Within four hours DNA info with mobile DNA equipment? ‘It is possible’
Mobile DNA equipment can provide a quick solution to crimes. This is apparent from a recent trial with the so-called Forensic Identification Vehicle, or FiV for short, in which the mobile equipment is placed.
The equipment can be used to quickly start DNA testing for traces that have been secured at a crime scene. There has been plenty of experimentation with mobile equipment in the past six months. ‘Immediately after a crime there is often more evidence available. So if there is soon clarity about those traces, detectives will sooner know in which corner to look. The results are interesting’, says project leader Rob van der Veer about the LocalDNA testing ground.
Forensic colleagues can carry out an initial DNA test in the FiV bus, which was driven to the forensic investigation in the living lab. The raw data is sent via a secure line to the Netherlands Forensic Institute (NFI). Van der Veer: ‘That is where the analysis of the data and interpretation of the DNA data starts immediately. The NFI compares the obtained DNA profiles with other DNA profiles in the case or in the DNA database for criminal cases. The process from PD to DNA result can be carried out within four to five hours. This saves us considerable time. That way, detectives get an explanation of their case much faster.’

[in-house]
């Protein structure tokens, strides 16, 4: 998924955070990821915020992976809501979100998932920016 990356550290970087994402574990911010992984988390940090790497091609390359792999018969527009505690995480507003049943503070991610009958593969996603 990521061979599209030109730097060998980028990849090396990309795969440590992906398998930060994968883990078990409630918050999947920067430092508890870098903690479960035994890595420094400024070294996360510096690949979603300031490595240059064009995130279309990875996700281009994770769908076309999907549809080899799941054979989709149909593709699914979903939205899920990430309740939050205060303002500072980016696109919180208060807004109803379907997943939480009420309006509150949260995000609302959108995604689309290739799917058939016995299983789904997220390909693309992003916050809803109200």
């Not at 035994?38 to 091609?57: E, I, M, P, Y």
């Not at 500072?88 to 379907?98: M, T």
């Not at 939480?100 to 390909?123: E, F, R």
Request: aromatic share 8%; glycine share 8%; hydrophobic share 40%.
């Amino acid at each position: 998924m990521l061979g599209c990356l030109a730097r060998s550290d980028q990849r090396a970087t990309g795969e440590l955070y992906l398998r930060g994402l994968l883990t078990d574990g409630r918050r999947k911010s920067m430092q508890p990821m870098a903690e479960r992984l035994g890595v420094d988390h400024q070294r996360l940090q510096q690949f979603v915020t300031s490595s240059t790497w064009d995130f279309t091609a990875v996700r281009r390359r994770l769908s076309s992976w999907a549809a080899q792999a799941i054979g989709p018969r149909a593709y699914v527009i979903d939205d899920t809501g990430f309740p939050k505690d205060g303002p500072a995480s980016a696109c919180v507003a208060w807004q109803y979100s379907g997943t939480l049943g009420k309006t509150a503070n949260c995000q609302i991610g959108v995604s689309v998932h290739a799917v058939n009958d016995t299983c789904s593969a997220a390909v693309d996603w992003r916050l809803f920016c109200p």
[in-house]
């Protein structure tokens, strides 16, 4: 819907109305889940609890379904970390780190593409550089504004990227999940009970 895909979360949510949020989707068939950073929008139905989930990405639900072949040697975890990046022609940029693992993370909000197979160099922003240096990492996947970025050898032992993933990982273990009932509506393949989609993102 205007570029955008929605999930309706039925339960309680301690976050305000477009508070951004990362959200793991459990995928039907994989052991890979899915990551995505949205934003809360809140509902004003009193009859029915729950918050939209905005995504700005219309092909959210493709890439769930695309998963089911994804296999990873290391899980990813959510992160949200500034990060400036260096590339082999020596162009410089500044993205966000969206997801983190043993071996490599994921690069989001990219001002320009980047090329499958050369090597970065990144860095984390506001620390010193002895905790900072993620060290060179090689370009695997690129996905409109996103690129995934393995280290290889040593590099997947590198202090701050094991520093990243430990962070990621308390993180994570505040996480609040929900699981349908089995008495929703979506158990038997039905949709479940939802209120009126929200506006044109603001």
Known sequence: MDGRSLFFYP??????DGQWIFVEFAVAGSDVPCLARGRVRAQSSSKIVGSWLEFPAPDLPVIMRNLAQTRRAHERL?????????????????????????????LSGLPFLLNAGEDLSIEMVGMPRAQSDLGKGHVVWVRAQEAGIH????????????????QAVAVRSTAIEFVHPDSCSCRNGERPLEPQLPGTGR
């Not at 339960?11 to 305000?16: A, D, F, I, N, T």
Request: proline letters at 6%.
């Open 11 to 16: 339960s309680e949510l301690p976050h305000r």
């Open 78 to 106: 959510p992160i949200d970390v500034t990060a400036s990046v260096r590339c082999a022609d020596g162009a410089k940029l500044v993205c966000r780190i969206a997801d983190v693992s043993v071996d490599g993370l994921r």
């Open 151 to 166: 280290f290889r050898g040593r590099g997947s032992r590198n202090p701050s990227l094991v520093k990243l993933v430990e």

Mobile DNA equipment was used during the trial in ongoing criminal investigations. This required a change in the law. Because these investigations have not yet been completed, Van der Veer cannot provide further details. “But it seems that this approach could work in a small number of cases. The chance of being caught increases in these cases, which can also increase the feeling of security among citizens.’
The test yielded a number of insights. One of the most appealing is therefore time savings due to a fast DNA procedure. ‘As a result, offenders can be arrested more quickly and serial offenses can be broken through more quickly. The lead time will be reduced from a few weeks or months to an average of one or two days,’ says Van der Veer.
In common crimes in particular, similarities are found between DNA profiles and profiles in the DNA database, because the repeat offenders are often already in the DNA database.
The current technique now only works for large blood and saliva traces. Van der Veer: ‘The equipment needs to be further developed so that it can also be used for smaller amounts of biological material.’ Optimal use of this technology requires an amendment to the current legislation. In any case, the results call for a follow-up study, according to the project leader.